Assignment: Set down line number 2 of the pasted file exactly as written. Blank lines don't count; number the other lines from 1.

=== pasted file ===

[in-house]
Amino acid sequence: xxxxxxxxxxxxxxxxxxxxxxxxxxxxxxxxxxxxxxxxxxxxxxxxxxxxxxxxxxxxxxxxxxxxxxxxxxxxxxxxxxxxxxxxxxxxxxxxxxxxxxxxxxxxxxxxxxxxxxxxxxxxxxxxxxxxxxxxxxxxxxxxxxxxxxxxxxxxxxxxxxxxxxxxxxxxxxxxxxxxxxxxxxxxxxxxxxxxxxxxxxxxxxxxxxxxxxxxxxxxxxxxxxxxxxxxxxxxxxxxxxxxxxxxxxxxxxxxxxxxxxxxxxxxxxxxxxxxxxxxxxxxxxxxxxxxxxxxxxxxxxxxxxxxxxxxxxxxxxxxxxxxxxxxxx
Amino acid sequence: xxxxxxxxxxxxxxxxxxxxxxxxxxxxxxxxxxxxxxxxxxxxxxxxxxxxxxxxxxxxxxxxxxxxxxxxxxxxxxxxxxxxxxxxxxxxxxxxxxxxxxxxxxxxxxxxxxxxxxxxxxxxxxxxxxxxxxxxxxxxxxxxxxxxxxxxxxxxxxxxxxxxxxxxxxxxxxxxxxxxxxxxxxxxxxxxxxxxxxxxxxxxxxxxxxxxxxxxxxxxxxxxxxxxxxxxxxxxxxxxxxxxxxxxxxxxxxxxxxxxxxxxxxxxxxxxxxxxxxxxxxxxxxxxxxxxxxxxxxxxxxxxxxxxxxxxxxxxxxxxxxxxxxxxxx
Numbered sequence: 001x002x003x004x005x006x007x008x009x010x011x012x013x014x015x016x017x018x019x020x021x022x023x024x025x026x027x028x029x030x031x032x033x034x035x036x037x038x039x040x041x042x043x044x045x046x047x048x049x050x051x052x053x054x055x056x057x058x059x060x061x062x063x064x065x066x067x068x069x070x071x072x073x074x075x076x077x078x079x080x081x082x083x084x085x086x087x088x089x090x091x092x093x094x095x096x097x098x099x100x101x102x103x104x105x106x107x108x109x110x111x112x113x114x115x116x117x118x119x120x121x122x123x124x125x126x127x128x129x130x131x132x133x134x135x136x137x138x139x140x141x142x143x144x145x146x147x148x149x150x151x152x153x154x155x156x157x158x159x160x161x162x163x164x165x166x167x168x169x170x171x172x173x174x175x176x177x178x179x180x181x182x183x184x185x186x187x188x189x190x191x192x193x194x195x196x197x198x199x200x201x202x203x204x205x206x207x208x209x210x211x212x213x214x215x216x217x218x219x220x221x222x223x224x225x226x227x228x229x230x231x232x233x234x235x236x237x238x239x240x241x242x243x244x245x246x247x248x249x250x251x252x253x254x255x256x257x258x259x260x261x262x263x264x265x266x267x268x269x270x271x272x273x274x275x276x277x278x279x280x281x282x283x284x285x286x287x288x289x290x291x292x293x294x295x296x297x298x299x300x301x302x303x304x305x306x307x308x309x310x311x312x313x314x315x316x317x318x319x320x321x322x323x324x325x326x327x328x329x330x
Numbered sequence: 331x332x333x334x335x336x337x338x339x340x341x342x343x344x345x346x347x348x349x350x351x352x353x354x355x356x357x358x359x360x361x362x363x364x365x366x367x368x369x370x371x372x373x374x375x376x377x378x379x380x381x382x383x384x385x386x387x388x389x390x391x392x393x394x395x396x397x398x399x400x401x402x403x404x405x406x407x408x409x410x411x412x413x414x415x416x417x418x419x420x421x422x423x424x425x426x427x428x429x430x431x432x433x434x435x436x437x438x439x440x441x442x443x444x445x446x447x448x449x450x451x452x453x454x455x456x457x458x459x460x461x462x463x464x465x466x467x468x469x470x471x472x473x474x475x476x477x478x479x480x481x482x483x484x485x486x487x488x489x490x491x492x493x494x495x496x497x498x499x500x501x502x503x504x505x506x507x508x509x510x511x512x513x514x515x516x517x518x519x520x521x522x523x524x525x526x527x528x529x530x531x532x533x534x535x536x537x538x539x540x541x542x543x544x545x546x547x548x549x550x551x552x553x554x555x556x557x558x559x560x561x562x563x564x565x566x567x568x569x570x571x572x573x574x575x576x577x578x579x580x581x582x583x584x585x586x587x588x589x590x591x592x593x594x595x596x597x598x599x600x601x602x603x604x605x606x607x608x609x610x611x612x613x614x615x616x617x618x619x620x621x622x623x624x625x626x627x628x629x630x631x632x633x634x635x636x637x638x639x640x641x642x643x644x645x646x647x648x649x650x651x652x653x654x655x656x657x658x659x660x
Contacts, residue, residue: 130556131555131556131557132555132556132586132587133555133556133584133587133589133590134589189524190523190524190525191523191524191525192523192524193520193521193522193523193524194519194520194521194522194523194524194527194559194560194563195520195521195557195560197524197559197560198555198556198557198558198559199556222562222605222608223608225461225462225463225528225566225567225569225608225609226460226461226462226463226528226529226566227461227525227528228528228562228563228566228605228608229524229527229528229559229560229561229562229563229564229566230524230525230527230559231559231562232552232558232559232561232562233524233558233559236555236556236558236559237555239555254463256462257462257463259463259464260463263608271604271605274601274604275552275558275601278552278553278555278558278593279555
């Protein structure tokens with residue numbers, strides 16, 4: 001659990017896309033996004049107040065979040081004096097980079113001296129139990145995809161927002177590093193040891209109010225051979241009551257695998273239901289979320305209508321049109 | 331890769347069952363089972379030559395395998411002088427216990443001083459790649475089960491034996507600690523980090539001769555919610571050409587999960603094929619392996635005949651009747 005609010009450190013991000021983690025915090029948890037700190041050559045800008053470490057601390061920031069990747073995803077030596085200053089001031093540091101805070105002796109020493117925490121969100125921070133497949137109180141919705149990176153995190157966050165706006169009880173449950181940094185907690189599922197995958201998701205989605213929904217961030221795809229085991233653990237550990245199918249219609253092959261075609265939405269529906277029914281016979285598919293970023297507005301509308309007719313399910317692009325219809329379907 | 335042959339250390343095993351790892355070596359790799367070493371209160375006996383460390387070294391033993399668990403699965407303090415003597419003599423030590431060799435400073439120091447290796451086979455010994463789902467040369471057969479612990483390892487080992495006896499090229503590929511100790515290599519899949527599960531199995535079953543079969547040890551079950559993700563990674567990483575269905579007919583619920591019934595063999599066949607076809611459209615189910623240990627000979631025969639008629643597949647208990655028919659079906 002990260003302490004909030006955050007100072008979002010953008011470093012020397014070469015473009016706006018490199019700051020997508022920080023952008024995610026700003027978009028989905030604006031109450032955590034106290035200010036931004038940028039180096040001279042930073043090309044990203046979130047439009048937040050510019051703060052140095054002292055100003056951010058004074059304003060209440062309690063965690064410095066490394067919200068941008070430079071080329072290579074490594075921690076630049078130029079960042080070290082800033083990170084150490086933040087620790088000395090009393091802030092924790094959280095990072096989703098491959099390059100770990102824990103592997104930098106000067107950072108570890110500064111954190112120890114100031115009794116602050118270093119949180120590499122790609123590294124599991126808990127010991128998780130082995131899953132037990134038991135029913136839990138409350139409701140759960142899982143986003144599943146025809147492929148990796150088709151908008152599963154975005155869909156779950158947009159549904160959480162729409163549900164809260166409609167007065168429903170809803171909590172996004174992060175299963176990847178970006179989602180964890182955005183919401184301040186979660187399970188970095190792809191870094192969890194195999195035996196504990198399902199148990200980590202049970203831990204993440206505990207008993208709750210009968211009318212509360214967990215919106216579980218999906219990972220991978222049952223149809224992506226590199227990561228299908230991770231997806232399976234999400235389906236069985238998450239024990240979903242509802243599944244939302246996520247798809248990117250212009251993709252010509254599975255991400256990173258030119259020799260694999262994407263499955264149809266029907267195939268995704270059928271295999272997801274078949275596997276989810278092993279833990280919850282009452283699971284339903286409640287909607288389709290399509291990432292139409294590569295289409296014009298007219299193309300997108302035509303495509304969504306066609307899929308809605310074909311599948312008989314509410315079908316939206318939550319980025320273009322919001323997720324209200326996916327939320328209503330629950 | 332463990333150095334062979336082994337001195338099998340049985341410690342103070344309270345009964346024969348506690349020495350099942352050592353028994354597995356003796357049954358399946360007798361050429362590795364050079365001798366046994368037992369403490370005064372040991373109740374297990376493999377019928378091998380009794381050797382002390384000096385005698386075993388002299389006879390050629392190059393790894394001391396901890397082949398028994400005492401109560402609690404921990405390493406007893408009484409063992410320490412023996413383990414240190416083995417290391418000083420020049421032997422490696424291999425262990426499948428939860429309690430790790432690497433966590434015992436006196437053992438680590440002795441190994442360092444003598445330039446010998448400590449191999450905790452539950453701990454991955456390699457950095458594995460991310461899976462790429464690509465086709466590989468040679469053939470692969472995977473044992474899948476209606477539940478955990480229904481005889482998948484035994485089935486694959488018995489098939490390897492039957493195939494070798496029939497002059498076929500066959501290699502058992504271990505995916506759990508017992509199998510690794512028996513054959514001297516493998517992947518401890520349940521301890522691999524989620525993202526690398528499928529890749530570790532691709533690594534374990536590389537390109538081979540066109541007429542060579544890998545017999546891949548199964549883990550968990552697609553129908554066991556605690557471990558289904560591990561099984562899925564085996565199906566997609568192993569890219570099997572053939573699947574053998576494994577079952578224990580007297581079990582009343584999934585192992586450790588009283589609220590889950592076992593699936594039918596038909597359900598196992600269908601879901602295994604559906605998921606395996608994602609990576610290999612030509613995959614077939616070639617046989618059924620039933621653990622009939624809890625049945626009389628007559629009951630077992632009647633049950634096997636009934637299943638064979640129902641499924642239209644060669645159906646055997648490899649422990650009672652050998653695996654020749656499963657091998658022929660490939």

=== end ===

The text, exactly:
Amino acid sequence: xxxxxxxxxxxxxxxxxxxxxxxxxxxxxxxxxxxxxxxxxxxxxxxxxxxxxxxxxxxxxxxxxxxxxxxxxxxxxxxxxxxxxxxxxxxxxxxxxxxxxxxxxxxxxxxxxxxxxxxxxxxxxxxxxxxxxxxxxxxxxxxxxxxxxxxxxxxxxxxxxxxxxxxxxxxxxxxxxxxxxxxxxxxxxxxxxxxxxxxxxxxxxxxxxxxxxxxxxxxxxxxxxxxxxxxxxxxxxxxxxxxxxxxxxxxxxxxxxxxxxxxxxxxxxxxxxxxxxxxxxxxxxxxxxxxxxxxxxxxxxxxxxxxxxxxxxxxxxxxxxxxxxxxxxx